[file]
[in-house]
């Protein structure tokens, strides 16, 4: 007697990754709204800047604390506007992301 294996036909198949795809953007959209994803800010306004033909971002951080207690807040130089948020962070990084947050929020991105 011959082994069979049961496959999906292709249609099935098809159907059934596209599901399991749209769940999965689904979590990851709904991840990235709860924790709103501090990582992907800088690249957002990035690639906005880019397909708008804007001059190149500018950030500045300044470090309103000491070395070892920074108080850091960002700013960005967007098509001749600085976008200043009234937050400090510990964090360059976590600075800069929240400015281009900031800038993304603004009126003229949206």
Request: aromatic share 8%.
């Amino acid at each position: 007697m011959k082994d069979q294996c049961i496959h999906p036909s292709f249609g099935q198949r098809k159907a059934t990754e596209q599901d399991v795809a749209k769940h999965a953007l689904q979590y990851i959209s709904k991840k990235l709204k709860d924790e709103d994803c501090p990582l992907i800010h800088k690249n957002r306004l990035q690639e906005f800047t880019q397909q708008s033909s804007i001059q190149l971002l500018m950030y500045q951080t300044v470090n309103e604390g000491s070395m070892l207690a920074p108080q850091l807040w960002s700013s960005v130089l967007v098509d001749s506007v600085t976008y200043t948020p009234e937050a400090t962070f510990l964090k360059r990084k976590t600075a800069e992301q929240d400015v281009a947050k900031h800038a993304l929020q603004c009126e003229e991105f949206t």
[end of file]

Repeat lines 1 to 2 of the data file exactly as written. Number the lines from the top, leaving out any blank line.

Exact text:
[in-house]
């Protein structure tokens, strides 16, 4: 007697990754709204800047604390506007992301 294996036909198949795809953007959209994803800010306004033909971002951080207690807040130089948020962070990084947050929020991105 011959082994069979049961496959999906292709249609099935098809159907059934596209599901399991749209769940999965689904979590990851709904991840990235709860924790709103501090990582992907800088690249957002990035690639906005880019397909708008804007001059190149500018950030500045300044470090309103000491070395070892920074108080850091960002700013960005967007098509001749600085976008200043009234937050400090510990964090360059976590600075800069929240400015281009900031800038993304603004009126003229949206």